Meet Isa Delionado, a Code/Art alumna and recent high school graduate headed to Brown University. Isa joined Code/Art in middle school as a CodeHER club member and eventually became a lead instructor of the club she was in. We had the opportunity to meet with her and see what she’s been up to now that she’s graduated from the Code/Art programs. Read the interview below for insights on her experiences with Code/Art and how she plans to continue in pursuit of a tech career.
When did you get started with Code/Art and how old were you then?
I started with Code/Art when I was in 7th grade, so I was 12-13 years old. When I first started, my school club was part of Girls Who Code and we participated in Code/Art Fest. During my 8th grade year, we became part of Code/Art.
Were you also part of any competitions in addition to being part of the clubs?
Yes, I participated in Code/Art Fest and coded my own self portraits as well as some of the other competitions throughout my time as a student.
What were some takeaways that you got from these experiences with Code/Art?
Well, really, it helped change the way I viewed technology. The purpose of the entire organization is to show students the creative possibilities of technology, and before [Code/Art], I was never really exposed to that. Being part of the clubs really changed how I view technology and also how I approach problems. It also allowed me to connect with other girls who have similar interests as me and learn to collaborate and work together to create projects. So, yeah, it really gave me insight into what working in tech could look like and gave me the opportunity to really develop relationships with other [similarly-interested] girls.
Of the projects you worked on within your Code/Art club, were there any that really stood out to you?
In 7th grade, as part of our end of year [assignment], we made this group project that was inspired by a game—I think it’s called Spent—where, basically, you’re given a budget and you have to go through different situations and it’s supposed to give insight and educate people on the situation that low income families face during their day to day. We made a game similar to that but instead focusing on gender bias in the workplace. It was a very simple game that we made—using Scratch—but I really liked planning the different scenarios , researching it and being able to learn more about this issue and how to overcome it [to create the game].
That’s wonderful. Let’s talk about some future plans. Having recently graduated high school, what university are you going to and what are you planning to study?
I’m going to Brown University and I’m planning on studying engineering and possibly also computer science. Right now, I am planning on entering as a biomedical engineer and concentrating in computer science—that’s still up in the air, but the end goal is for me to go into tech.
Do you think that Code/Art played a role in your decision to go into tech?
I think it did because, really, prior to Code/Art, I hadn’t been exposed as much to technology and the different career paths that I could have—and really see what being an engineer and being a coder looked like.
I also think that Code/Art clubs helped me develop confidence in myself especially since [computer science] is a male dominated field.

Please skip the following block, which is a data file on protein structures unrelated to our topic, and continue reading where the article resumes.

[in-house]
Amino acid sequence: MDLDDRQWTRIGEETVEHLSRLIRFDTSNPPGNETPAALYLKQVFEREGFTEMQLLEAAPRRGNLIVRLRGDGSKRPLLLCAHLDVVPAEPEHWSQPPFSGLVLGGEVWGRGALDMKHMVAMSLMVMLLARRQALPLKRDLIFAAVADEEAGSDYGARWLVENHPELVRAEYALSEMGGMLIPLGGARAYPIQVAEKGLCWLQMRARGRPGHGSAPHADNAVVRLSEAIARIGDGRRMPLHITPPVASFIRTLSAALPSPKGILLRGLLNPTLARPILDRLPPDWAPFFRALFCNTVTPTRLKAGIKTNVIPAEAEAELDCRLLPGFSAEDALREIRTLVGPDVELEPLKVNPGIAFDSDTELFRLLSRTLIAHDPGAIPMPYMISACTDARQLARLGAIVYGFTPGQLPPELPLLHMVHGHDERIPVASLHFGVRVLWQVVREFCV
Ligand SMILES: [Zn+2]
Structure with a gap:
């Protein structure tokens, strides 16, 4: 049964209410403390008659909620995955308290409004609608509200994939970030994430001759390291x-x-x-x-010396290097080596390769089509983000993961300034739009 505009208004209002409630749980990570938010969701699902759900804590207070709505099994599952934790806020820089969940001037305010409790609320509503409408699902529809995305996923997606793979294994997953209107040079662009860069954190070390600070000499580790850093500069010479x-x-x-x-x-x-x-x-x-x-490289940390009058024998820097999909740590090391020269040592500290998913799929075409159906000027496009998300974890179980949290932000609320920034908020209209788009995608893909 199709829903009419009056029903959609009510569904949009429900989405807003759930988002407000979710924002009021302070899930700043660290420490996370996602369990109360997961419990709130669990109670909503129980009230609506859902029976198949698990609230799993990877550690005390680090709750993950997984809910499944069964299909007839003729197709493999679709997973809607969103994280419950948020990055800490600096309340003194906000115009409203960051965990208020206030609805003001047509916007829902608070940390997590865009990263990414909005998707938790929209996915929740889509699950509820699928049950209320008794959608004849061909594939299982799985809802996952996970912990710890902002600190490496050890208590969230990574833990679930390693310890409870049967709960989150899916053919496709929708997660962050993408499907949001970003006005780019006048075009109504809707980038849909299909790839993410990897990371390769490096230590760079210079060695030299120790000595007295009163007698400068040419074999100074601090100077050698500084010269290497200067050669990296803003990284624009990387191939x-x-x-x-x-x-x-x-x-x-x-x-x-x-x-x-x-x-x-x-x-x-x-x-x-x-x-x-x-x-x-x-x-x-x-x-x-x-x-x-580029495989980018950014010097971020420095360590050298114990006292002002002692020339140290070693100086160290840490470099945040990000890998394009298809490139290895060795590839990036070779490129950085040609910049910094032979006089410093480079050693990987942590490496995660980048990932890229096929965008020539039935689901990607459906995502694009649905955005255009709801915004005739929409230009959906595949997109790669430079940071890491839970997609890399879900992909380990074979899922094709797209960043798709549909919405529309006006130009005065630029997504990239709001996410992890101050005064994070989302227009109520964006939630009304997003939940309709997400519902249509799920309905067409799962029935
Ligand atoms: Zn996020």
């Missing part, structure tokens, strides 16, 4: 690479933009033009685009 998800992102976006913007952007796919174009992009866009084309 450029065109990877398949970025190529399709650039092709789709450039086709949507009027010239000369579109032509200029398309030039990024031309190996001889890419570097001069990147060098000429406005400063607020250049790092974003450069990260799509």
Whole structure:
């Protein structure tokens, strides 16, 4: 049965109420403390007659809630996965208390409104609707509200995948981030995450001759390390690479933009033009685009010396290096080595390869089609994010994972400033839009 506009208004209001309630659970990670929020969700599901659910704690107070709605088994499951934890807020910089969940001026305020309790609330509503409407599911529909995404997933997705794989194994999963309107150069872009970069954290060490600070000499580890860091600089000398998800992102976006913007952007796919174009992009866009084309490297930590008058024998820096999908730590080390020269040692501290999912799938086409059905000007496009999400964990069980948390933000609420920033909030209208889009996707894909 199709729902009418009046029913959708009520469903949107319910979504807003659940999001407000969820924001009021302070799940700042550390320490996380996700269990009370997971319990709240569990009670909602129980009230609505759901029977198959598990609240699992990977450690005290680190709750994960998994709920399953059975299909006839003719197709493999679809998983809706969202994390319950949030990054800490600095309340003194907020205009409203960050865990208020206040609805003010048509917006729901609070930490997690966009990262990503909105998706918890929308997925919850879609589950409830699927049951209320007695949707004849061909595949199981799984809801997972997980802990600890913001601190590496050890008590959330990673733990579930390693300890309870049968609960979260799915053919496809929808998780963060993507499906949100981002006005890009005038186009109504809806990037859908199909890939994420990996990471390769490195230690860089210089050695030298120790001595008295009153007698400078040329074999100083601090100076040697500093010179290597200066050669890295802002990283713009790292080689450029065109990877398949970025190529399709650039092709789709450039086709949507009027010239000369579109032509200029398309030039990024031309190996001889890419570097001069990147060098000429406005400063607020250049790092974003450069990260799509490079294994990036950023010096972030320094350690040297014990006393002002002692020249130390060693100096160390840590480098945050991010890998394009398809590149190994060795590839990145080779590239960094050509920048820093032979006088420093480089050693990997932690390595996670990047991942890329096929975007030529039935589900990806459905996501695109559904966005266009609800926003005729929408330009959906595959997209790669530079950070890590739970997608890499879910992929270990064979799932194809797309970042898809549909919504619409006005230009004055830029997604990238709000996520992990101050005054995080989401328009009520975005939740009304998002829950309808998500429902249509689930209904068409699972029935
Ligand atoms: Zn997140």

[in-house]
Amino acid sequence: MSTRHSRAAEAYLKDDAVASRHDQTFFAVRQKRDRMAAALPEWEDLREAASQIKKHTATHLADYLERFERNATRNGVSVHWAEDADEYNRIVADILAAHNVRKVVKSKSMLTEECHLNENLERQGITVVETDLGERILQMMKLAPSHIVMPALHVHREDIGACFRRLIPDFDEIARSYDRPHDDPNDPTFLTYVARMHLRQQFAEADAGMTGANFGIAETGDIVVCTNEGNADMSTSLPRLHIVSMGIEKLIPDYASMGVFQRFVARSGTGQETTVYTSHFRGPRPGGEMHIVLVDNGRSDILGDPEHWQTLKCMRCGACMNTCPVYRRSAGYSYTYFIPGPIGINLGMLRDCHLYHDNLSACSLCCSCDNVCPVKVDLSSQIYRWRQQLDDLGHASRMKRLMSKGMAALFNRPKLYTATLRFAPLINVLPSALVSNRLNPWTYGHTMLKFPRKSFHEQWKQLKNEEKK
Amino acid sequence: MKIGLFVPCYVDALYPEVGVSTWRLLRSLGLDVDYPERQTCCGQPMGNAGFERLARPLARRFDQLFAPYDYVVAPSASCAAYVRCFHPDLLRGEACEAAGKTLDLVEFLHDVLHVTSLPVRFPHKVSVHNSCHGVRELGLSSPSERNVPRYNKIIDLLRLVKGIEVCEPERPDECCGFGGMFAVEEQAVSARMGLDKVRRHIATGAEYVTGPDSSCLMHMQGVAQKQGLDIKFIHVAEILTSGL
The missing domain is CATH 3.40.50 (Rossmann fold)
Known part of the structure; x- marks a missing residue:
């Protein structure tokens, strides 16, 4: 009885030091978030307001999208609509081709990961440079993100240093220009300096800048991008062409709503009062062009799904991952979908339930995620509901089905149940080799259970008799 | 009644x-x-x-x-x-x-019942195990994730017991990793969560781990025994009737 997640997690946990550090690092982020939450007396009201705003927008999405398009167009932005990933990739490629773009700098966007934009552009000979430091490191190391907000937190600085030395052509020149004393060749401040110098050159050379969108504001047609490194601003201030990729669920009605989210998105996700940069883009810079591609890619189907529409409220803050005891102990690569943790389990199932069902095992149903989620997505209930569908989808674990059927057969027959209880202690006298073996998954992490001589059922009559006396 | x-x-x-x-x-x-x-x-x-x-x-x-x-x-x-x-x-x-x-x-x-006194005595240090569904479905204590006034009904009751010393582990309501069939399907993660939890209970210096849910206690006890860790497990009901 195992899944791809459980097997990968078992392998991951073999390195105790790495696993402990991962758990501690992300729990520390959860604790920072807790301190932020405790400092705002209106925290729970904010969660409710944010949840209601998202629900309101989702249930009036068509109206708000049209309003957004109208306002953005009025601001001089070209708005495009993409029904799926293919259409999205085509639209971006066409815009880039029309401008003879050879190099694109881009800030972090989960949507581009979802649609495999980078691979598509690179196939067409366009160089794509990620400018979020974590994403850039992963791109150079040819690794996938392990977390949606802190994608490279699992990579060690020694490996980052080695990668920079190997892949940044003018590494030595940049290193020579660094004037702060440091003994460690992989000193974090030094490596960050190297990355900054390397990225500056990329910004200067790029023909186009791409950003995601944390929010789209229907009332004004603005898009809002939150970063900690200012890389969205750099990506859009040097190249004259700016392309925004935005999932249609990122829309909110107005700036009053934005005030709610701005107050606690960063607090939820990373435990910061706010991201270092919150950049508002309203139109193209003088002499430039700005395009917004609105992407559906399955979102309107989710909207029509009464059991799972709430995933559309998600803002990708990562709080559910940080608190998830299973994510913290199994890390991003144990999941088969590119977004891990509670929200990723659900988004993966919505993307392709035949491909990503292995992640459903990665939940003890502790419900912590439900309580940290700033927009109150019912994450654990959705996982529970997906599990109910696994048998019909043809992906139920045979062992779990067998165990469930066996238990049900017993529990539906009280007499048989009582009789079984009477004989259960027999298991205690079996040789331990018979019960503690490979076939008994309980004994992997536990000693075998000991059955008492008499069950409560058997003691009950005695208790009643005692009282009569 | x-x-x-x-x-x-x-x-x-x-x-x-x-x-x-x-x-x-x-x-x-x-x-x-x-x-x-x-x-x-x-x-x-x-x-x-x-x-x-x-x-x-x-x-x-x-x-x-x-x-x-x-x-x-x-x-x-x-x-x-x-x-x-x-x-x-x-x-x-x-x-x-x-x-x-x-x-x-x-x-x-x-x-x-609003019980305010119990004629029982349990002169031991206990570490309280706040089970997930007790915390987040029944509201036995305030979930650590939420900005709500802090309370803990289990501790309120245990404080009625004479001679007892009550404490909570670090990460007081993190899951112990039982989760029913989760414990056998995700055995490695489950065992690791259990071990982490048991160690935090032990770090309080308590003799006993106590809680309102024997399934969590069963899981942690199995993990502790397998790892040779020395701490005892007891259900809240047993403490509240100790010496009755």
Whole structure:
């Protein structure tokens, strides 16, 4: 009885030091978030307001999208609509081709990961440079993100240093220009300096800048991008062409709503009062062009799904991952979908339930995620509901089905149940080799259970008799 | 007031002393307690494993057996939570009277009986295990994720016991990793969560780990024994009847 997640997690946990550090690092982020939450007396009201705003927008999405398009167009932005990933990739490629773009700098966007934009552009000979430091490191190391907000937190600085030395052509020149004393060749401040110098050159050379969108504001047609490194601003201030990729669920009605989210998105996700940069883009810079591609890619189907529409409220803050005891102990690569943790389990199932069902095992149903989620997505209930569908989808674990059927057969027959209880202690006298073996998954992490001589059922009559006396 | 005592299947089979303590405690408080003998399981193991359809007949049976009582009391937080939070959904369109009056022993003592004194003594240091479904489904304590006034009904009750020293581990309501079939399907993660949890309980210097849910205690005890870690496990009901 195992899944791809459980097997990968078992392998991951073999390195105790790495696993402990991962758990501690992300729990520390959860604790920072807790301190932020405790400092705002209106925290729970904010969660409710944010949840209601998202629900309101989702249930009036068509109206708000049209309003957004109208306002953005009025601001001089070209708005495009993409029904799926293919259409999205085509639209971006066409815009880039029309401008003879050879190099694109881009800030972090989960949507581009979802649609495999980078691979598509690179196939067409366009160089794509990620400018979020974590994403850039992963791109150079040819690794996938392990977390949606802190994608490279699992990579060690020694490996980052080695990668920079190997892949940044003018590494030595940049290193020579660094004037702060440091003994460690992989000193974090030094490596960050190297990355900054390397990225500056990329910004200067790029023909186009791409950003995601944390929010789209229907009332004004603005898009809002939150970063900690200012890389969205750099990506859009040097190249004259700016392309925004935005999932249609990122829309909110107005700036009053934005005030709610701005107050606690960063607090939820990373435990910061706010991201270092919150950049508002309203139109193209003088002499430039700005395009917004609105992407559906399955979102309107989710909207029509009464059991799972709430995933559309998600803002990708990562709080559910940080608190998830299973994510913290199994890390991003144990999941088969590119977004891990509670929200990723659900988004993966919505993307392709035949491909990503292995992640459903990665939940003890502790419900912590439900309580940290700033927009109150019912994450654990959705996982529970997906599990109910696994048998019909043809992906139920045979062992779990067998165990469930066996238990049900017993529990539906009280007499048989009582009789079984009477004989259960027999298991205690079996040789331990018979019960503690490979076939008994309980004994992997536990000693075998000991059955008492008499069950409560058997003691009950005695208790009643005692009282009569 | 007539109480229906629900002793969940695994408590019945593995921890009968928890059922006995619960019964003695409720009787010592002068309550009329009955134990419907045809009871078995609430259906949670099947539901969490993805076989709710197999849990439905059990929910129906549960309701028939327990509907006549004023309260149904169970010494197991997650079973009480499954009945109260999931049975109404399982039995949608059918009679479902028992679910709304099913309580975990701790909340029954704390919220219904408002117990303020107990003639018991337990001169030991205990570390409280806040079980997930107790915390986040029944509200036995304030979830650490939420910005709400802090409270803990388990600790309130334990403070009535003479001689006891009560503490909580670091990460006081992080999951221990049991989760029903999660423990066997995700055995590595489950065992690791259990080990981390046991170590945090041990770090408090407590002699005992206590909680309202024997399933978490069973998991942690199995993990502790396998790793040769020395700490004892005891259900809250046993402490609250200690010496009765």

Even in 7th grade, I remember seeing presentations on Imposter Syndrome and overcoming it by being able to recognize it. It was defintely something I felt, but it didn’t have to be something that stopped me. Being introduced to the Code/Art community at a young age allowed me to develop confidence to then be able to pursue all the different things that I want to pursue.
That’s really great to hear. Considering your experience, would you—when talking to a younger girl—recommend that they take part in programs like Code/Art and if so, why?
I definitely would. I always encourage the young girls that I’ve gone to school with to look into these programs.
I’ve been a Code/Art instructor now for the past two years and I just think that it is incredibly important for girls to have the space to try something new, to be with other girls like them and encourage each other, and also to have the space to ask questions and make mistakes and feel comfortable enough to really develop into themselves.
I also think it’s important for girls to have the experience to learn to code—even if they’re not necessarily interested in pursuing computer science. I think that [being part of a Code/Art club] develops such important life skills—such as working with other people and building something from scratch. Even if they don’t want to go into computer science or engineering, they still have these valuable skills that they can carry with them into other parts of their life.
That’s so true. You mentioned that you had been an instructor for some time. What was the experience of teaching younger students?
I really enjoyed it because I was in their position at one point. After 8th grade, I was invited back to be a teaching assistant. So I went back to teach the club I had been a part of and then eventually became the lead instructor and I kept doing it until my senior year. I think that having the experience as a student really helped me relate to the girls [I taught] and understand how they were feeling and try to make [the club] engaging—and also to try to be that person for them that inspires them to want to pursue this or at least to enjoy the club and want to come back to class. It’s also given me a greater appreciation for the experiences that I had as a 13 and 14 year old [in the club].
That wraps up our interview. Thank you for sharing your story with us!